Aesop's Fables: Phaedrus
Book I - IV. Canis per Fluvium Carnem Ferens (Perry
Amittit merito proprium qui alienum adpetit.
Canis, per fluvium carnem cum ferret, natans
lympharum in speculo vidit simulacrum suum,
aliamque praedam ab altero ferri putans
eripere voluit; verum decepta aviditas
et quem tenebat ore dimisit cibum,
nec quem petebat adeo potuit tangere.
The Dog in the River (trans. C. Smart)
The churl that wants another's fare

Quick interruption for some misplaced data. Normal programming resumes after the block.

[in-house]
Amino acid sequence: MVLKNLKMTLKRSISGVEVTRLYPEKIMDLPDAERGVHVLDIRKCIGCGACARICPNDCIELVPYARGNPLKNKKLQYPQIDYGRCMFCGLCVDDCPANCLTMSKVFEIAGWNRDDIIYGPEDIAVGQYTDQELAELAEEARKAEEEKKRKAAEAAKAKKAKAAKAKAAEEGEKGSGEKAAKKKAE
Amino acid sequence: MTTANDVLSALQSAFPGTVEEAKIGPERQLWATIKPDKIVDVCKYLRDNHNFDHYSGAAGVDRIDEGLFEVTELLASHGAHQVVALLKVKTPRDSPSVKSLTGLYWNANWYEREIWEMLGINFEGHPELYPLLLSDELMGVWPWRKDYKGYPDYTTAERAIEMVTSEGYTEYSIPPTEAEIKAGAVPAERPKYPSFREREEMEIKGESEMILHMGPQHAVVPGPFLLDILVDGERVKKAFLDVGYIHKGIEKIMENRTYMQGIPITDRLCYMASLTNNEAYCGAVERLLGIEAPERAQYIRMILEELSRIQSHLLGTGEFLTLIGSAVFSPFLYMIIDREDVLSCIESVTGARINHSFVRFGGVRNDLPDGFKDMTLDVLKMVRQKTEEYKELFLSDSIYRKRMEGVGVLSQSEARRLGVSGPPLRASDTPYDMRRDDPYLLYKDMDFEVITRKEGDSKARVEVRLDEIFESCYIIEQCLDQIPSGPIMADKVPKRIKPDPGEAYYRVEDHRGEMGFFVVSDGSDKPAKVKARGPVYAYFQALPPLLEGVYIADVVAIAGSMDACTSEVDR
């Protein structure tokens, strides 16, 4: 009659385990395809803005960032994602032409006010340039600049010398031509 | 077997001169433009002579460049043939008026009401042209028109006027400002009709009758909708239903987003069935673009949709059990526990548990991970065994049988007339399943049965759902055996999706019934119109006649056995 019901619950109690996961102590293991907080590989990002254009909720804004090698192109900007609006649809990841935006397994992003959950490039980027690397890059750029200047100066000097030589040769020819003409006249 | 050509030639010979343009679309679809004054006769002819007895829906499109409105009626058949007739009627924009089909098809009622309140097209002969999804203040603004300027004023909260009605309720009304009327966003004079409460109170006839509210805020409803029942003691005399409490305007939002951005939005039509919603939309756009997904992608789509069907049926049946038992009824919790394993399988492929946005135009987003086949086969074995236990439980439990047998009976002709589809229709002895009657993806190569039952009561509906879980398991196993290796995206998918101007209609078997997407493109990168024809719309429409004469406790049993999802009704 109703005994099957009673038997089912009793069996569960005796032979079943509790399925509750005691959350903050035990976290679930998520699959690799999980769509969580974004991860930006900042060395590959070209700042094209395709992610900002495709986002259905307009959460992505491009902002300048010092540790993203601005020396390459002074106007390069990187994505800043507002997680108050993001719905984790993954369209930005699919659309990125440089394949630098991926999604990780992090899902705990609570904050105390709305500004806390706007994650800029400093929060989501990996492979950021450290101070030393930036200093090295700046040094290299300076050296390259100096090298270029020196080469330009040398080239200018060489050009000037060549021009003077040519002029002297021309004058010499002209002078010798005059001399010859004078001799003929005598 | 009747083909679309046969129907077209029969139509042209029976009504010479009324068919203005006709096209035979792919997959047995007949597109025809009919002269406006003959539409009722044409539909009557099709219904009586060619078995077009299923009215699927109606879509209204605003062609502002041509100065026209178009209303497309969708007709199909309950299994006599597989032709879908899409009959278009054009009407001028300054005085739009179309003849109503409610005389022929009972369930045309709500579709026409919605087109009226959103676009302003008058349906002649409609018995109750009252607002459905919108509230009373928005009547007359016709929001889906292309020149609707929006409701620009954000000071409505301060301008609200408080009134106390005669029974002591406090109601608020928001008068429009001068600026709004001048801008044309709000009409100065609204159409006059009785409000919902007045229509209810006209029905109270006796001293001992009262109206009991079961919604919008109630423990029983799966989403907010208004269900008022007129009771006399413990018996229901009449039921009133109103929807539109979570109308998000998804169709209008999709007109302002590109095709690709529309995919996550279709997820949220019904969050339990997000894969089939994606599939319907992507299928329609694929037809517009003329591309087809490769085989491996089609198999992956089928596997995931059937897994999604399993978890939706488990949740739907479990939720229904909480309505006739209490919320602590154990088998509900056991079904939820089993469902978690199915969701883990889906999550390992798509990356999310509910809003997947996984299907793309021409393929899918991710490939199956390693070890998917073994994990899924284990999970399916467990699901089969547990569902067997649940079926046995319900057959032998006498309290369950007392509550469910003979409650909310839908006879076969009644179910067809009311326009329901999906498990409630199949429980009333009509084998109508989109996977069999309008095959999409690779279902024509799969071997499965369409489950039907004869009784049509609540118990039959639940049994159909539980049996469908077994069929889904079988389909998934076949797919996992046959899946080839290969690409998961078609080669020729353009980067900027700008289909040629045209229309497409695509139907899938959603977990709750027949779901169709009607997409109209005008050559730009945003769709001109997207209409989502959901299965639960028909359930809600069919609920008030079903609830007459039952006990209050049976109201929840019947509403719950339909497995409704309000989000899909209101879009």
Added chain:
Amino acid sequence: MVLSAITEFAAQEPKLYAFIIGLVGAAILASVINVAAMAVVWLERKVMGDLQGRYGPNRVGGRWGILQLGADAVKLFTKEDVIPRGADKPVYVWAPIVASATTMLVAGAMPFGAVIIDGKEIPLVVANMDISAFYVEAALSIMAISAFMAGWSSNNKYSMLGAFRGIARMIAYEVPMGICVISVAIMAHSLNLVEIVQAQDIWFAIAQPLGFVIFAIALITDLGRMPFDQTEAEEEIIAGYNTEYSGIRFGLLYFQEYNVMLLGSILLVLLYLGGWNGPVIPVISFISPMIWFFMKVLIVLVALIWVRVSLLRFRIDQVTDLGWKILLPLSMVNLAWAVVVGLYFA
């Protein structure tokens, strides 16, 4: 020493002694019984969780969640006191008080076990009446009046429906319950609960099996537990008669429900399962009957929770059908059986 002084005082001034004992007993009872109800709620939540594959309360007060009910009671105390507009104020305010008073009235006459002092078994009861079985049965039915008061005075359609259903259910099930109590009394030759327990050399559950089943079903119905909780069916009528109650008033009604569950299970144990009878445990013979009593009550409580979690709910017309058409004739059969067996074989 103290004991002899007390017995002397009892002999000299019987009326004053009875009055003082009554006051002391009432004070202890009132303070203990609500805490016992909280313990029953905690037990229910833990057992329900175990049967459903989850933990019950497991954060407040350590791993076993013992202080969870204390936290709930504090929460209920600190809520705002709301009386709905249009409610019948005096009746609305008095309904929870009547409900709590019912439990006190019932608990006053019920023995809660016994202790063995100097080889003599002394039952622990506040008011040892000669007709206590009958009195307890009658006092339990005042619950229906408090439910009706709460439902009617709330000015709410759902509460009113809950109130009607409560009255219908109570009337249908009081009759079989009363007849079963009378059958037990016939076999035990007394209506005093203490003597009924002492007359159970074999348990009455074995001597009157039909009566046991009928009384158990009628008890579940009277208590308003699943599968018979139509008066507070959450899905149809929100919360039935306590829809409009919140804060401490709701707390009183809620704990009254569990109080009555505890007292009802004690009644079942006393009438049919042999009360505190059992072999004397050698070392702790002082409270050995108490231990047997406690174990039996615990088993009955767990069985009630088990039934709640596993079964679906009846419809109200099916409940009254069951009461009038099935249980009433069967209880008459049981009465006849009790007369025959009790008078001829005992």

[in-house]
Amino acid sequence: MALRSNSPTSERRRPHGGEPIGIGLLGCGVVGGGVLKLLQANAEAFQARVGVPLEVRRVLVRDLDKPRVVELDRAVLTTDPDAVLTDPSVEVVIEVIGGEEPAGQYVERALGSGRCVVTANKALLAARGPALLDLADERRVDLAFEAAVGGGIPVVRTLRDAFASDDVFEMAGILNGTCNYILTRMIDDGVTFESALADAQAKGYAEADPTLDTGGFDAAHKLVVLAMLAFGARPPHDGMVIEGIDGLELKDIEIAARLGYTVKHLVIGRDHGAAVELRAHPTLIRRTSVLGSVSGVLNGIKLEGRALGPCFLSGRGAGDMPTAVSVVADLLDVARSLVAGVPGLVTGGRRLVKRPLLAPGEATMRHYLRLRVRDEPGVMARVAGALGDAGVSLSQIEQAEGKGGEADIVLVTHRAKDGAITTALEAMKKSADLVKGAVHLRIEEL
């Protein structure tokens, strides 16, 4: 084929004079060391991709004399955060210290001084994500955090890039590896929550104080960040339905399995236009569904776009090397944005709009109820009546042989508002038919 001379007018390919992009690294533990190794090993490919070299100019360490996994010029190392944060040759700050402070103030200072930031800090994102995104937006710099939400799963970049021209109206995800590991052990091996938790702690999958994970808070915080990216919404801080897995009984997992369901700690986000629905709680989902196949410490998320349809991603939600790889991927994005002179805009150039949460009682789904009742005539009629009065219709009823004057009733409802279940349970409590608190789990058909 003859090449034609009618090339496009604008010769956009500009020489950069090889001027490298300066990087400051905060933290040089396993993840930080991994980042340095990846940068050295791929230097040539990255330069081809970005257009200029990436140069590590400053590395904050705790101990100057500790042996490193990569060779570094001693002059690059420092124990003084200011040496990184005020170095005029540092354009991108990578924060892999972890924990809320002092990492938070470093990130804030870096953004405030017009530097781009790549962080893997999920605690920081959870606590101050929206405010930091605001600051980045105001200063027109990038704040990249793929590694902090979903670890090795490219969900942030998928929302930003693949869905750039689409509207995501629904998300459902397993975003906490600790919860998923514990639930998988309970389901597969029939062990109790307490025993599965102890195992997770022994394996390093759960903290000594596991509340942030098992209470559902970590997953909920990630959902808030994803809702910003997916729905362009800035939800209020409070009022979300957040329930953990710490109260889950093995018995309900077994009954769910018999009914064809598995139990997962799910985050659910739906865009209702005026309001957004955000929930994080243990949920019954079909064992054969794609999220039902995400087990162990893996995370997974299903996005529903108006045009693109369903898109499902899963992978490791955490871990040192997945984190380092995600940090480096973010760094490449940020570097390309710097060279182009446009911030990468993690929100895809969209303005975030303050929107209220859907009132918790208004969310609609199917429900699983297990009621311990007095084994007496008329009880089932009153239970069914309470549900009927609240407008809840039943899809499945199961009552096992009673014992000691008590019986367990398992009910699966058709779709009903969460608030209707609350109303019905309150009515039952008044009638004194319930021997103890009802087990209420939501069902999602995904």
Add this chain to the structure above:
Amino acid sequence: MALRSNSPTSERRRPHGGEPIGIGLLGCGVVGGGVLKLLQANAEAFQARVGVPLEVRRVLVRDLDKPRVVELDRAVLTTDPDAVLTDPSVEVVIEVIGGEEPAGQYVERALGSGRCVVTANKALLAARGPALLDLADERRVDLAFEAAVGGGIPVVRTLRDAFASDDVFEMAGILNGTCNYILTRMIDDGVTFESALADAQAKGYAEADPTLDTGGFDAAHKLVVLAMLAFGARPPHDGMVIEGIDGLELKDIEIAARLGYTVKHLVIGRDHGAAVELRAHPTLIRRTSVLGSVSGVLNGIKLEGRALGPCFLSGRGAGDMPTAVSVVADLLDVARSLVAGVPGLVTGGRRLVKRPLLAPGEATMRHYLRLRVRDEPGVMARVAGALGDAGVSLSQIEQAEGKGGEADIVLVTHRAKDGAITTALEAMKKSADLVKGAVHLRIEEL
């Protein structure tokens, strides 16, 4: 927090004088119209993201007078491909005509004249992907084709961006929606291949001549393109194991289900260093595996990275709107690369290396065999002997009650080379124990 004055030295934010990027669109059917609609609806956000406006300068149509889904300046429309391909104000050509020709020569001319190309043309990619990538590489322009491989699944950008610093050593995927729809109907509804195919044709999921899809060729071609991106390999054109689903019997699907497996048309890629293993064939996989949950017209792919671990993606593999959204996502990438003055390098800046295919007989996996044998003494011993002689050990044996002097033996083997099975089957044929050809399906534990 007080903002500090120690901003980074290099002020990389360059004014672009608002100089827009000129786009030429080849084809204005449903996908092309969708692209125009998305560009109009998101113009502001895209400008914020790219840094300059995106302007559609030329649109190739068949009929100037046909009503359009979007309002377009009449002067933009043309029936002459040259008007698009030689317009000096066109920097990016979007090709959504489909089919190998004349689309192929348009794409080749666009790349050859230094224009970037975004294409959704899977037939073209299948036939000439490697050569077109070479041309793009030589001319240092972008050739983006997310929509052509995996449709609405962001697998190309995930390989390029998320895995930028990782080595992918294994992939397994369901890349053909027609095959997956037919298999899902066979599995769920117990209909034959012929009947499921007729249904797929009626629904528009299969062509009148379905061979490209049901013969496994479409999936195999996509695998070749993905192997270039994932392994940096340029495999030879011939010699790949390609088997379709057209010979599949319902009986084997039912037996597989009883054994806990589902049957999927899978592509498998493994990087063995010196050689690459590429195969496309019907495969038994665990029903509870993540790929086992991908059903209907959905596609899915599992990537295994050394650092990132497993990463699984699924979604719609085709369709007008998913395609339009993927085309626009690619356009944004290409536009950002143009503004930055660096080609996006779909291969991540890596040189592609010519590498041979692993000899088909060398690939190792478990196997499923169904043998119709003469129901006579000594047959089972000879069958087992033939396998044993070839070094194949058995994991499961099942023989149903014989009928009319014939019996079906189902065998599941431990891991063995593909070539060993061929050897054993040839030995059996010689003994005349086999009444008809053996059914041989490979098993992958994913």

Deserves at least to lose his share.
As through the stream a Dog convey'd
A piece of meat, he spied his shade
In the clear mirror of the flood,
And thinking it was flesh and blood,
Snapp'd to deprive him of the treat:-
But mark the glutton's self-defeat,
Miss'd both another's and his own,
Both shade and substance, beef and bone.
Latin text from Phaedrus at The
Latin Library (Ad Fontes), English translations from The
Fables of Phaedrus Translated into English Verse by Christopher Smart
(London: 1913). Ben Perry, Babrius and Phaedrus (Loeb),
contains the Latin texts of Phaedrus, with a facing English translation, along
with a valuable appendix listing all the Aesop's fables attested in Greek and/or
in Latin. Invaluable.